Robotic weeders: to a farm near you?

The future of weeding is here, and it comes in the form of a robot.

Robotic weeders: to a farm near you?
The robotic weeder goes between the crop rows. The rows must be very straight and precise for the weeder to properly do its job. Credit: Steven Fennimore

The developing prevalence of robotic weeders for specialty crops has become somewhat out of need, says Steven Fennimore, an expansion authority at the University of California, Davis. Claim to fame crops are vegetables like lettuce, broccoli, tomatoes, and onions. They are not mass-delivered like corn, soybeans, and wheat.

The requirement for robotic weeders comes from two issues. One is an absence of herbicides accessible for use in a claim to fame crops. Another is the way that hand-weeding has turned out to be increasingly costly. Without pesticides, producers have needed to employ individuals to hand-weed huge fields.

Hand-weeding is moderate and progressively costly: it can cost $150-$300 per section of land. That rouses a few producers to look to mechanical weeders.

Fennimore works with college researchers and organizations to architect and tests the weeders. The weeders use modest sharp edges that fly in and out to remove weeds without harming crops. He says that despite the fact that the innovation isn’t flawless, it’s showing signs of improvement and better.

Robotic weeders: to a farm near you?
This robotic weeder is operating in a field near Santa Maria, CA in June 2015. The field is full of a specialty crop. Credit: Steven Fennimore

Fennimore said, “I’ve been working with robotic weeders for about 10 years now, and the technology is really just starting to come into commercial use. It’s really an economic incentive to consider them.”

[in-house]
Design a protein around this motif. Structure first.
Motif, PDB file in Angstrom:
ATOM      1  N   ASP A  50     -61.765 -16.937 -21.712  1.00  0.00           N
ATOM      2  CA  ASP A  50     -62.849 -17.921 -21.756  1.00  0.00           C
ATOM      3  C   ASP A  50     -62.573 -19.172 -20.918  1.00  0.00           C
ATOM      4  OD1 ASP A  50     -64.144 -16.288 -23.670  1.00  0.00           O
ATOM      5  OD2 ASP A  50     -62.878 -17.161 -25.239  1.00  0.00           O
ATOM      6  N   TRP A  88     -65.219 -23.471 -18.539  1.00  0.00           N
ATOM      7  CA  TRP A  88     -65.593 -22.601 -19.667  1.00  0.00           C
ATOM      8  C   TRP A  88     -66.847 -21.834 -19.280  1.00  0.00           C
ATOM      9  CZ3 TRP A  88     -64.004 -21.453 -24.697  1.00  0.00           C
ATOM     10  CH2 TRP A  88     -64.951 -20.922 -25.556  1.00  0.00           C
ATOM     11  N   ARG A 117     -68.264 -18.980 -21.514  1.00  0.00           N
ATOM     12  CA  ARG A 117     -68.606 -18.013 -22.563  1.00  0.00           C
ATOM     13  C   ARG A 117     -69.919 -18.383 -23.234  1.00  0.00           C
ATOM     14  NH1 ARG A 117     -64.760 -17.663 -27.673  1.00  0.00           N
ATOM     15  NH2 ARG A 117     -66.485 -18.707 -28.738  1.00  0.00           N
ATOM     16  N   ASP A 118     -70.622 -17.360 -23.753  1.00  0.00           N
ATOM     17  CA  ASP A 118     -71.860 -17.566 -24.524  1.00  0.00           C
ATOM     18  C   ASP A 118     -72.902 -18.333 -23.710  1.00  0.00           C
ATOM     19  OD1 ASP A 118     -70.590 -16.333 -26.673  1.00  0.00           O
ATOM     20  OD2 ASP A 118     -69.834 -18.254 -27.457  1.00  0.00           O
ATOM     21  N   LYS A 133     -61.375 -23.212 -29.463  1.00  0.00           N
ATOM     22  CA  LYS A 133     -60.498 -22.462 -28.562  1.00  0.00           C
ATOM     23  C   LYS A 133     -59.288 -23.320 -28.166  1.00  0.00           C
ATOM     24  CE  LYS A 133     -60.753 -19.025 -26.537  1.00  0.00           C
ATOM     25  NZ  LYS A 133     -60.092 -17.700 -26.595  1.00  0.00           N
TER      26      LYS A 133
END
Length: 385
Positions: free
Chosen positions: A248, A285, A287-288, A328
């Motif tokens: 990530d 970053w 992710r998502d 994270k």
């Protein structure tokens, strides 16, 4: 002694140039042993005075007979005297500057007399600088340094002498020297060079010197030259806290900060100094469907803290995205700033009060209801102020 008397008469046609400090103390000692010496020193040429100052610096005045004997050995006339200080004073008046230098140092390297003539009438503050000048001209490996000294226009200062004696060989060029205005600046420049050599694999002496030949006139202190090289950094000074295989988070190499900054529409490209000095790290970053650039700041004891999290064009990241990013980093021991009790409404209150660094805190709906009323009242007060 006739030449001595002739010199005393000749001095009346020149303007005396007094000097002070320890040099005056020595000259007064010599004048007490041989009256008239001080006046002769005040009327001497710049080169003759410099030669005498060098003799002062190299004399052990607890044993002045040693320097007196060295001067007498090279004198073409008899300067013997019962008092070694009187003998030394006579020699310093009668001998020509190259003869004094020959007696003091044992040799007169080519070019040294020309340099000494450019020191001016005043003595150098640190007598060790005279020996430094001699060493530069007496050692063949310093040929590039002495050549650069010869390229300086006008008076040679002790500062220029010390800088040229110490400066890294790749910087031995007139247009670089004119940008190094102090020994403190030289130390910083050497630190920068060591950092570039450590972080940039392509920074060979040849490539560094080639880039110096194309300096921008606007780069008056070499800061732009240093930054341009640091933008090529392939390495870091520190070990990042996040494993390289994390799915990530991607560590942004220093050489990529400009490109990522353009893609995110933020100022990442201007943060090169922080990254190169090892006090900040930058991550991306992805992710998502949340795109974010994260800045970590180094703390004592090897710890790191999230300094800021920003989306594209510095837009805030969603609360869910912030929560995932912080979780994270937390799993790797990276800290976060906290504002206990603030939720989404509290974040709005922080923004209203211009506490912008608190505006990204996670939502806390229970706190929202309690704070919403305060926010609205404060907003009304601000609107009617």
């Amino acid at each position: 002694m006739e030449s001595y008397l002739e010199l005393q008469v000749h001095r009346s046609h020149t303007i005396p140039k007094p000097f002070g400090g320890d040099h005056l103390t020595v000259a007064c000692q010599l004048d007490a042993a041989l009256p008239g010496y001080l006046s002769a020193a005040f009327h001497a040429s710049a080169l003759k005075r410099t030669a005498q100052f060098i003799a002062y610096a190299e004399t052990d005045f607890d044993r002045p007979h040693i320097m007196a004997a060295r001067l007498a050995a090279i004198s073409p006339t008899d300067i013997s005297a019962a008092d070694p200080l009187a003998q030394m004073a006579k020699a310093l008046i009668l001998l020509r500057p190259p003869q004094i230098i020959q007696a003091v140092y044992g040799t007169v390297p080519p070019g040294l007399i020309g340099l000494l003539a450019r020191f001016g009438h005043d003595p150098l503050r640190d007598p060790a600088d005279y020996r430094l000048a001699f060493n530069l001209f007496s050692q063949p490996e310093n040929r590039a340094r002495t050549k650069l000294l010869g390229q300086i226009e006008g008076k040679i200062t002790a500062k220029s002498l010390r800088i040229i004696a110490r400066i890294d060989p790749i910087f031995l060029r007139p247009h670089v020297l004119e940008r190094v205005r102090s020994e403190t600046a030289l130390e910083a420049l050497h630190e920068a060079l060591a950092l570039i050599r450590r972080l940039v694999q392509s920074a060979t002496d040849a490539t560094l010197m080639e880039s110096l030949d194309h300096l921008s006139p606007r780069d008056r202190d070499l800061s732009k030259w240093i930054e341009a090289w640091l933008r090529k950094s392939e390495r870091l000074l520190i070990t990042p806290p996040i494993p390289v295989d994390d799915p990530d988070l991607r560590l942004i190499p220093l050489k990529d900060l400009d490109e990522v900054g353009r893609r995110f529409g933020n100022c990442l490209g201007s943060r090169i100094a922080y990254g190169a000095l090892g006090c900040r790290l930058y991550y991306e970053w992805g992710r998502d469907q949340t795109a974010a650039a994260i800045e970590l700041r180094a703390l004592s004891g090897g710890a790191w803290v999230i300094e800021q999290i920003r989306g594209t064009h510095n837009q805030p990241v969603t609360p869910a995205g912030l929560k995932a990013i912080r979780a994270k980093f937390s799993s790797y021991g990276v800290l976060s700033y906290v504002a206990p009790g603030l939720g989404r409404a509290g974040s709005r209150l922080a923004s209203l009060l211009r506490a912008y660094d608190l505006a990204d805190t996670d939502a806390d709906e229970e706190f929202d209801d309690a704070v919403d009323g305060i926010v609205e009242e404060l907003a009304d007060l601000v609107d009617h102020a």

The weeders are programmed to recognize a pattern and can tell the difference between a plant and the soil. However, they currently have trouble telling the difference between a weed and a crop.

Fennimore said, “The problem with the machines right now is that they are version 1.0, and there’s tremendous room for improvement. The inability to be able to tell the difference between a weed and a crop requires the grower to be very exact when using them. The rows have to be a little straighter, cleaner, and more consistent because the machines aren’t that sophisticated yet. The robots don’t like surprises.”

Fennimore believes robotic weeders are the future of weeding in specialty crops. Because of higher labor costs and more incentives to grow organically with fewer pesticides, European growers have been using robotic weeders for some time.

He further added, “I believe what makes the robotic weeders better than herbicides is that this electronic-based technology is very flexible and can be updated easily. We all update our phones and computers constantly, which is a sign of a robust and flexible technology.”